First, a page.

SnakBookshelf of the Damned

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maj 15, 2009, 6:00pm

Any suggested reading? I like anomalies based on actual discoveries. I have serious problems with theories based on what isn't or what should be. (Dark Matter has lots of theories, yet they can't study it. Dark Matter is simply nothing with gravity and blamed for all sorts of things that can't be studied.) Not much for alien theories, but I prefer them to the chupacabra being the origin of vampires (sorry, fiction novel.)

jun 1, 2009, 2:08am

Unfortunately, too much of the popular crypto-archeology stuff is based on Von Daniken's shaggy god nonsense, and it's contaminated the whole genre. (Then you go too far the other way, and get things like "Mysterious treasure of the ancient world!" and I'm like "yeah, I knew there was gold in King Tut's tomb, kthanx, that's not really a mystery anymore.")

I dream of getting my hands on the the complete set of the Catalog of Anomalies, especially the archeology ones (my university's library had a few of the meteorology ones, but that was it, and they're so hard to find - and expensive!)

In the meantime, here's some I've been impressed with that are on my currently-reading pile:

Voyages of the Pyramid Builders is a pyramidology book that also takes in a bunch of the evidence for an ancient world-wide civilization (a la Maps of the Ancient Sea Kings, also interesting), without (so far) bringing in the aliens, or going totally nutty.

Mysteries of the Hopewell - I picked this up at Mound City; it's about the Moundbuilders, and it's a bit dry in places, but really worth it, not afraid to theorize but never going too far in advance of the data.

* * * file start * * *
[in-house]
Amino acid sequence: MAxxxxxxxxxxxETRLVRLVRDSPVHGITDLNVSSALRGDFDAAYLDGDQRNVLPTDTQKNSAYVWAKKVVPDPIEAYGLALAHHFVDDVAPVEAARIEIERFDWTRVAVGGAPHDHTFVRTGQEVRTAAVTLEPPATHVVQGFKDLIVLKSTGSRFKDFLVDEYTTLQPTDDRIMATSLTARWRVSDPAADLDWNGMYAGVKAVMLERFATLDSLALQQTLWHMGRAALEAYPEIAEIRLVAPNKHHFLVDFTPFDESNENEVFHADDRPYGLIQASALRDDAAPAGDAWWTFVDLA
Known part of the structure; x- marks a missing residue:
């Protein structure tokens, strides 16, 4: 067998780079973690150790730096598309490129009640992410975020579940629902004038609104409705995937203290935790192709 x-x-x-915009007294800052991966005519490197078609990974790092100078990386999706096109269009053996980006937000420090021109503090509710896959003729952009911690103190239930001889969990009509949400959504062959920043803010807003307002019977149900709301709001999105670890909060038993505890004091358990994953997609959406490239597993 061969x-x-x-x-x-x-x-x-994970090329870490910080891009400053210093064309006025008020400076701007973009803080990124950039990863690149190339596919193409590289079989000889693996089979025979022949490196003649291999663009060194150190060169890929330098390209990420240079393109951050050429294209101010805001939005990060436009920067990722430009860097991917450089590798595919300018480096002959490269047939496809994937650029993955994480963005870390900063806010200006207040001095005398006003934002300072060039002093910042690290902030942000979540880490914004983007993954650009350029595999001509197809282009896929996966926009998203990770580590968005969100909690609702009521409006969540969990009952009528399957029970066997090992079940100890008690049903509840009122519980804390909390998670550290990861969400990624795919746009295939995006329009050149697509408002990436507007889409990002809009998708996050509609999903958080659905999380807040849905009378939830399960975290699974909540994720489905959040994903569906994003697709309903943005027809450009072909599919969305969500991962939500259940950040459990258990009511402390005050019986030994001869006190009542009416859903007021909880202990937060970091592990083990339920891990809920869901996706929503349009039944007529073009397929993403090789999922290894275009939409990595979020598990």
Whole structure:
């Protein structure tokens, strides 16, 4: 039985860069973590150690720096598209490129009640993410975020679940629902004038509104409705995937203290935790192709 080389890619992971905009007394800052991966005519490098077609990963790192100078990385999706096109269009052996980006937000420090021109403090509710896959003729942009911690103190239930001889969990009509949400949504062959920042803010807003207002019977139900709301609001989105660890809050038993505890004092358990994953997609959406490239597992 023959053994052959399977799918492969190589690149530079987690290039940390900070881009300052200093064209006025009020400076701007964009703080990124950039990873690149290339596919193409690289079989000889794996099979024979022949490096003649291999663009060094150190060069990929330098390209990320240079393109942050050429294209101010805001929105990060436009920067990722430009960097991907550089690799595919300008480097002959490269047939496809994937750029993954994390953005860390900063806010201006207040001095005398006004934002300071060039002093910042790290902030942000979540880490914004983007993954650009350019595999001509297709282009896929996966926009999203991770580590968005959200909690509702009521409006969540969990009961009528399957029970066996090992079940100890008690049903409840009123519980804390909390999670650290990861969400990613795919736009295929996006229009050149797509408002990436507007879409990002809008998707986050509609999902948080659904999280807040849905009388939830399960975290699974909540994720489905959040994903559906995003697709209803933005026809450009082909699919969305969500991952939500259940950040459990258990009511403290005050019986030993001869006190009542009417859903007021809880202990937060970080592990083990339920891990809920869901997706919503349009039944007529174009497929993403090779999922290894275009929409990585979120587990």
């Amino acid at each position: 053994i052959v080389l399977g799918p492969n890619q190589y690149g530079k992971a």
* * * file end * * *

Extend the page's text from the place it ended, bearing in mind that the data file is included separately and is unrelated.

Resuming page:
The Rediscovery of Lost America - Picked this one up at America's Stonehenge; it's another go at the ancient-worldwide-civilization thing, this time focused on New World evidence. Apparently very hard to find these days, though.

Living the Sky is a good archeoastronomy book, though it's also N. America focused, and In Search of Ancient Astronomies is better if you're lucky enough to find a copy.

In the '70-crank-paperbacks category, L. Sprague de Camp - best known for SF novels - wrote a series of cryptoarcheology paperbacks; I have the one published as Citadels of Mystery, and they still get recommended as some of the best of the "lost civilizations" genre, though they tend to err on the side of conservative science, as these things go.

Also, don't discount Thor Heyerdahl! He may sound like a respectable archeologist these days, but he was really into weird stuff and working beyond the edge. I loved The Maldive Mystery, and any of the rest of his that have actual archeology (as opposed to just sailing around) are cool, plus they aren't all Europe/America based.

I could keep going, but it bleeds over to crypto-anthropology (Read Elaine Morgan! and stuff that's not so much crypto-- as just mainstream archeologists being stubborn idiots James Adovasio!) And then there's all the woo-woo Goddess Worship stuff that still occasionally manages to make a point...

Any specific field you're interested in? I hope more people pop up with recs - I'd love to grow my library in this direction, especially stuff from less-studied geographic regions like sub-Saharan Africa and South Asia.